• Taking web compatibility more and more seriously. With all the sniffing and broken code on the web it's both natural and tempting to point fingers when users have problems, but it's way more productive to realise that there is also a considerable pile of problems that are caused by bugs or choices we could change. Today we have a more systematic approach to bugs that break major sites than ever before. It still has a bit of a whack-a-mole feeling but we also know that the dead moles are piling up. Hey, if I wasn't an optimist by nature, I probably wouldn't still be doing this job after ten years.. πŸ˜‰

Finally: thanks for using Opera some or all of those years, thereby making all that hard work possible :D. And if any readers aren't using it yet, go get it.

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29 thoughts on “10 years

  1. Congratulations Hallvord!I thought I was CC'ed on a lot of bugs but I don't feel so bad now!Really interesting to read your highlights – I hope there are many more over the next 10 years.

  2. Your posts are always interesting, the work you do is great and I'm sure you're a nice guy. Let's hope for a second ten years, only more awesome πŸ™‚

  3. Originally posted by FataL:

    Resolved not always means fixed though.

    Certainly not, a number of them will be duplicate, worksforme and even invalid. Seeing high numbers of closed bugs makes me happy nevertheless πŸ˜‰

  4. By the way, I forgot one highlight:When a built-in "search" feature was added to our previous bug tracker!Before that I was "searching" with a custom form that used JavaScript to create an SQL query when filled in (our old Bugzilla instance accepted SQL WHERE statements in the query string). Apparently the server's support for such random SQL was considered a bit brittle, so the sysadmin wasn't entirely happy about my JS hacking. I may or may not have brought the bug tracker down a couple of times..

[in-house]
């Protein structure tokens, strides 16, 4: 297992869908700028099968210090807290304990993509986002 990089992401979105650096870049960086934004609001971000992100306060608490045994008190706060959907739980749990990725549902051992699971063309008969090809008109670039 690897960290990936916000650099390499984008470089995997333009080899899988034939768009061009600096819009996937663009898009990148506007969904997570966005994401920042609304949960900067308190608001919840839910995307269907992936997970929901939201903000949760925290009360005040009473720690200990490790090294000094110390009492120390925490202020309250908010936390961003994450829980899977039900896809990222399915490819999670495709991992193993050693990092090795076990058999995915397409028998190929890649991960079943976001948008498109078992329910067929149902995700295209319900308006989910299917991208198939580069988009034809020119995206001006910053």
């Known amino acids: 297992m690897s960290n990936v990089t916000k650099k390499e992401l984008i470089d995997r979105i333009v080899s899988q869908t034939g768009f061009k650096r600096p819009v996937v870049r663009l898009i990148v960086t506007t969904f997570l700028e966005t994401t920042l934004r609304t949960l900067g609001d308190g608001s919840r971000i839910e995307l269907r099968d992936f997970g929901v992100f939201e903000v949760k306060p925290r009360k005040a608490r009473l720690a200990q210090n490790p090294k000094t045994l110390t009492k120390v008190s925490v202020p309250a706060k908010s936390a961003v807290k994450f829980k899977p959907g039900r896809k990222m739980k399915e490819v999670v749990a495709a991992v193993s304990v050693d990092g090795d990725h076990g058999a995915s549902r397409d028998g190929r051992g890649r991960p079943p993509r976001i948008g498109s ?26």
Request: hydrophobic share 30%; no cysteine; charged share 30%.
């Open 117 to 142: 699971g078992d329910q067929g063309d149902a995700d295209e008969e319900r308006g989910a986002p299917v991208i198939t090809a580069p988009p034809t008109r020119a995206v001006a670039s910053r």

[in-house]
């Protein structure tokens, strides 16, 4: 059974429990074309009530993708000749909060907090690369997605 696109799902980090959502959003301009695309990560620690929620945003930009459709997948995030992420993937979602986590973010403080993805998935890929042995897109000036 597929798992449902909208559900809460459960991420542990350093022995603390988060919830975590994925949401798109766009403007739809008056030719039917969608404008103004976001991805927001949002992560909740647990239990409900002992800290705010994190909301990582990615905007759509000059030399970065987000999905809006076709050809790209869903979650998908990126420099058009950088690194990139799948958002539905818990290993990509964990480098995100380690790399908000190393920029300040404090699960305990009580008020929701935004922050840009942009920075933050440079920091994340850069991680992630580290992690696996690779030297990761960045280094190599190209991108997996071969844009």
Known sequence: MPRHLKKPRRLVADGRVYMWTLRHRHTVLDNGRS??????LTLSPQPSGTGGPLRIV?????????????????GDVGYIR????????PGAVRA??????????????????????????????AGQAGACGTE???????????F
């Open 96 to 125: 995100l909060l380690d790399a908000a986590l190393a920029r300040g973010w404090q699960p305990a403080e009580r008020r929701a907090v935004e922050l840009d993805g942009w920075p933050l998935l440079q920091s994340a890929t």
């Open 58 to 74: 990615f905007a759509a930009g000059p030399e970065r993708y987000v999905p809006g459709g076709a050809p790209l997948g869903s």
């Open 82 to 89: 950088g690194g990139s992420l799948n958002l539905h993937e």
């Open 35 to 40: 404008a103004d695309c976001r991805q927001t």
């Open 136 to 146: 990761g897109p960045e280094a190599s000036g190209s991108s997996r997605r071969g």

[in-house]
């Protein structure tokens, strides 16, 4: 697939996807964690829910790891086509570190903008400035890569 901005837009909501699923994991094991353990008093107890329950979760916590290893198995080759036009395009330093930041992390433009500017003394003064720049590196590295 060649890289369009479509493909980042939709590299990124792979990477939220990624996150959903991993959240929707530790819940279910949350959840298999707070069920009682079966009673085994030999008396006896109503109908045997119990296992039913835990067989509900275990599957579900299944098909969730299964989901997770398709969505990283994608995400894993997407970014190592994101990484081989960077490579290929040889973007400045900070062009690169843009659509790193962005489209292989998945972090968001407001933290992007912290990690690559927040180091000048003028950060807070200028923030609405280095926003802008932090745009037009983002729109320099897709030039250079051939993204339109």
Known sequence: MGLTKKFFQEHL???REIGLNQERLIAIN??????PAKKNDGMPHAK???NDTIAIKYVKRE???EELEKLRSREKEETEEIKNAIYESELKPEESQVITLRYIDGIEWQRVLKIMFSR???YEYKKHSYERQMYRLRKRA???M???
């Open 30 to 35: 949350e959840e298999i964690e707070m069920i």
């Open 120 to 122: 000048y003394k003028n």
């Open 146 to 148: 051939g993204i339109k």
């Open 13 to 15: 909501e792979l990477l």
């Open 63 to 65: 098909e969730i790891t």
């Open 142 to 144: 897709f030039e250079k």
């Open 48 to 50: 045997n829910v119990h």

5. Originally posted by hallvors:

    Before that I was "searching" with a custom form that used JavaScript to create an SQL query when filled in (our old Bugzilla instance accepted SQL WHERE statements in the query string). Apparently the server's support for such random SQL was considered a bit brittle, so the sysadmin wasn't entirely happy about my JS hacking. I may or may not have brought the bug tracker down a couple of times..

    I just love such stories πŸ˜€

  6. Congrats! here's to 10 more years!Those graphs look like you've updated to the latest version of Jira. What do you think? It's very ajaxy. I'm still making up my mind about it. It is web 2.0-y but I'm not sure I appreciate the speed hit.

  7. fearphage, we're not currently using the latest version of Jira, so I'm not sure if the one we're using is the ajaxy one you have in mind πŸ˜‰